As we get to the present, Williams touches on Celtic Paganism, amongst other things (including some wonderfully bad poetry that includes the lines, "Leaning on sword-hilts, their great paps dark as warts/Within the gleam of breast, their scrota bulged in shadow.") It's refreshing to see something like Celtic Paganism – and Celtic Reconstructionism, for once – tackled in a book like this, not just at all, but without condescension or being patronising to boot. Once again we see the vogue for certain gods change as attitudes and influences do; whereas Óengus was arguably the most important and popular in the imagination of the Revivalists and beyond, even up until the late twentieth century, at the turn of the century we start to see goddesses taking over – the Morrígan, Brigid, and the Cailleach are now far more significant than any others today. It would have been nice to see this expanded on within the chapter – why is this the case? How did this come about? Perhaps this is fodder for another book.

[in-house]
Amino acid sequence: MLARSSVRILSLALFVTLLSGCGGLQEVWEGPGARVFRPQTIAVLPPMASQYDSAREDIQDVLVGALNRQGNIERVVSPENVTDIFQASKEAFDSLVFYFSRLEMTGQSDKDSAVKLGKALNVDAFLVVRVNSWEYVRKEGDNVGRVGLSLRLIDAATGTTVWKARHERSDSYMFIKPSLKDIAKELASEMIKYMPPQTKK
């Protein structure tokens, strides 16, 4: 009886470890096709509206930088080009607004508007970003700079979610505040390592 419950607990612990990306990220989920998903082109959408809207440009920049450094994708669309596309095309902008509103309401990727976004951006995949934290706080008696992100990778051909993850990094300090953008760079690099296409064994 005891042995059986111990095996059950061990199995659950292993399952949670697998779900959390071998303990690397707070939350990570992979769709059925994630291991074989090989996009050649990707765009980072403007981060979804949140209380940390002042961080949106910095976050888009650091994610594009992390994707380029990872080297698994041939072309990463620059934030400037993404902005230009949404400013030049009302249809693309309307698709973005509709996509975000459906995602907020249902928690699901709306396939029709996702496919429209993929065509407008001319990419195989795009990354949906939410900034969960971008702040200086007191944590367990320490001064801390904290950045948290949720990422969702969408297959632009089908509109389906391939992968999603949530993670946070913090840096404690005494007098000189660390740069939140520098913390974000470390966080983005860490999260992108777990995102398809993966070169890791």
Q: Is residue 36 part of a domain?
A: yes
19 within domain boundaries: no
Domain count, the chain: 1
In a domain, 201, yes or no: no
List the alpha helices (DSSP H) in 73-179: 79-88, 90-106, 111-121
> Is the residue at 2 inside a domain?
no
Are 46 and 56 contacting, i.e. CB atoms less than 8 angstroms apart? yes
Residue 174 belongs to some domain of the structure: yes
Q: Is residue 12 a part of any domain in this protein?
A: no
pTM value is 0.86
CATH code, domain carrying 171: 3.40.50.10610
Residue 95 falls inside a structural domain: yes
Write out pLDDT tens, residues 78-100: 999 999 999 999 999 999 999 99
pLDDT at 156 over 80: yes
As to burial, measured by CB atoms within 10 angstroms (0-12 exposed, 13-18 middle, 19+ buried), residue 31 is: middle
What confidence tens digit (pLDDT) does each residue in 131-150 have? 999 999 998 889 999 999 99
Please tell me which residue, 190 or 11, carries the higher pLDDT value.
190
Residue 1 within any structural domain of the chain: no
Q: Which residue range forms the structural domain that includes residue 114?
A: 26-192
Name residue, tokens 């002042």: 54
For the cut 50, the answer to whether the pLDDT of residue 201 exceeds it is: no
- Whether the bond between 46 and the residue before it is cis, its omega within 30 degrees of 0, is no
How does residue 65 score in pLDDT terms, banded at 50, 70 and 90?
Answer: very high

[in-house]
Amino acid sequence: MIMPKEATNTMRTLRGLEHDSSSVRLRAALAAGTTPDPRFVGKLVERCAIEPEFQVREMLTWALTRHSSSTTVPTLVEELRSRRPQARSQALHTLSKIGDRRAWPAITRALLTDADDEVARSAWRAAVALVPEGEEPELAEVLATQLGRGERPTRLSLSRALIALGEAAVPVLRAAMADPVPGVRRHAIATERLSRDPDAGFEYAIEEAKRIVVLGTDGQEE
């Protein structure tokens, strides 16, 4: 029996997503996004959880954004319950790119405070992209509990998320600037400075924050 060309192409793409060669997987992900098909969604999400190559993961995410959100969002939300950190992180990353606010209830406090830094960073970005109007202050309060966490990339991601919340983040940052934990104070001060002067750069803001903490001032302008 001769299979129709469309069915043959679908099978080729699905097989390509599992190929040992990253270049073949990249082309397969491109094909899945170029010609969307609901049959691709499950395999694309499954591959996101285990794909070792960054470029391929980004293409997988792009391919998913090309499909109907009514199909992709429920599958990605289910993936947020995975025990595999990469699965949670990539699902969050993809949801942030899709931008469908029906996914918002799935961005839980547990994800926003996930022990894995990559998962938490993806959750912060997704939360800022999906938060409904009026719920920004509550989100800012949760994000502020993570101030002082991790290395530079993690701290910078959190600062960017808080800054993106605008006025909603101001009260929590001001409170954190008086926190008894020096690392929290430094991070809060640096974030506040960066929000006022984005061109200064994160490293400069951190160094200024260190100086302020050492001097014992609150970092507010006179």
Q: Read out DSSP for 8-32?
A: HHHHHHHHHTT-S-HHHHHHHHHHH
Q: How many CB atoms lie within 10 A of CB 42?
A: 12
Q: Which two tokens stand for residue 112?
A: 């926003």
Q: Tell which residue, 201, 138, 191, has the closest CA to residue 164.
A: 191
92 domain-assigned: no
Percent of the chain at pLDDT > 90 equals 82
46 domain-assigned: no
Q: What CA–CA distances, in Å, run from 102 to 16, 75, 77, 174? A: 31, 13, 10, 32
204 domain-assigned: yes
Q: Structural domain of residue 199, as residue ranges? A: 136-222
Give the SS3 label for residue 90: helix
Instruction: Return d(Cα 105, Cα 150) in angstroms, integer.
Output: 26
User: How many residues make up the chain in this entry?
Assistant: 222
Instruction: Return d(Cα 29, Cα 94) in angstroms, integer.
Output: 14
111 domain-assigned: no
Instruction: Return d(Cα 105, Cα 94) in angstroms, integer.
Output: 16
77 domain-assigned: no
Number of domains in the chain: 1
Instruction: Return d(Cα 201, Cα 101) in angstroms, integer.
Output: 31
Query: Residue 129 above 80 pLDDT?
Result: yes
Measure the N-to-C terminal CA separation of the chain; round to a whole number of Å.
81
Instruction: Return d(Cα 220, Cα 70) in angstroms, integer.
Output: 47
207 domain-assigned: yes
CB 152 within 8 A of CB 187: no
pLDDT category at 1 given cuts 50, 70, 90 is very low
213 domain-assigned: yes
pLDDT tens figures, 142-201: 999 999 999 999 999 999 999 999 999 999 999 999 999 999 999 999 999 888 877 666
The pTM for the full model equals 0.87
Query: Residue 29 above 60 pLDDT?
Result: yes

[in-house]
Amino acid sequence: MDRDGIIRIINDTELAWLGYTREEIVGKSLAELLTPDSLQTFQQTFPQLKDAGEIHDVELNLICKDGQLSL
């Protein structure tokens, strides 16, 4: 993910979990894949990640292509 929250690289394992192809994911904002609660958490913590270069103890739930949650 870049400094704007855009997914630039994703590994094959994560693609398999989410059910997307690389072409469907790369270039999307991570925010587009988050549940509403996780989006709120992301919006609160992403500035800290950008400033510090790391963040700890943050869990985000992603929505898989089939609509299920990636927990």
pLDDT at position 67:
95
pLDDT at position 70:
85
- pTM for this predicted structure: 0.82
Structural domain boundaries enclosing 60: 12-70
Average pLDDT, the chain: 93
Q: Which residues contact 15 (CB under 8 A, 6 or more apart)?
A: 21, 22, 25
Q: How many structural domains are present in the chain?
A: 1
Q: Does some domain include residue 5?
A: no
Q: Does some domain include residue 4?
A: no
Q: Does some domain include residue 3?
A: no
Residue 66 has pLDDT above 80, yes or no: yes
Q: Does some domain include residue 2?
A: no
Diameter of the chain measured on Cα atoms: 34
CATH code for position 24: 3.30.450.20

It has to be said, this book is not a simple introduction of the gods in the Irish pantheon (if you can even argue such exists...) – the nuts and bolts of who they are, what they do, who they're related to, etc. If that's what you're looking then I recommend you look elsewhere. This is very much a literary, not literal, overview of how the gods were (and are) perceived. And while this book is definitely aimed at a more general audience than academics alone, I think at least a basic level of knowledge about Irish mythology and literature would benefit the reader. For the most part the book succeeds in introducing need-to-know academic concepts, movements, or jargon in a way that won't overwhelm the non-expert, and there's a handy pronunciation guide at the beginning of the book that will certainly be useful for a lot of readers, but the sheer size and scope of the book might be a little daunting for a total beginner.
Given the monumental aims and scope of the book, it's inevitable that some things didn't make the cut, and to be fair, Williams himself is well aware of this. While there may be room for so much more to be said, what you get here is a good start, and – to compare it with his first book, while I think that one deals with a more niche subject and fills a much-needed hole there, this one made me realise that there was a hole I never really knew existed in the first place until I was showed it. There's so much to talk about here, and it's only the beginning. I think Ireland's Immortals would do well to grace your bookshelves.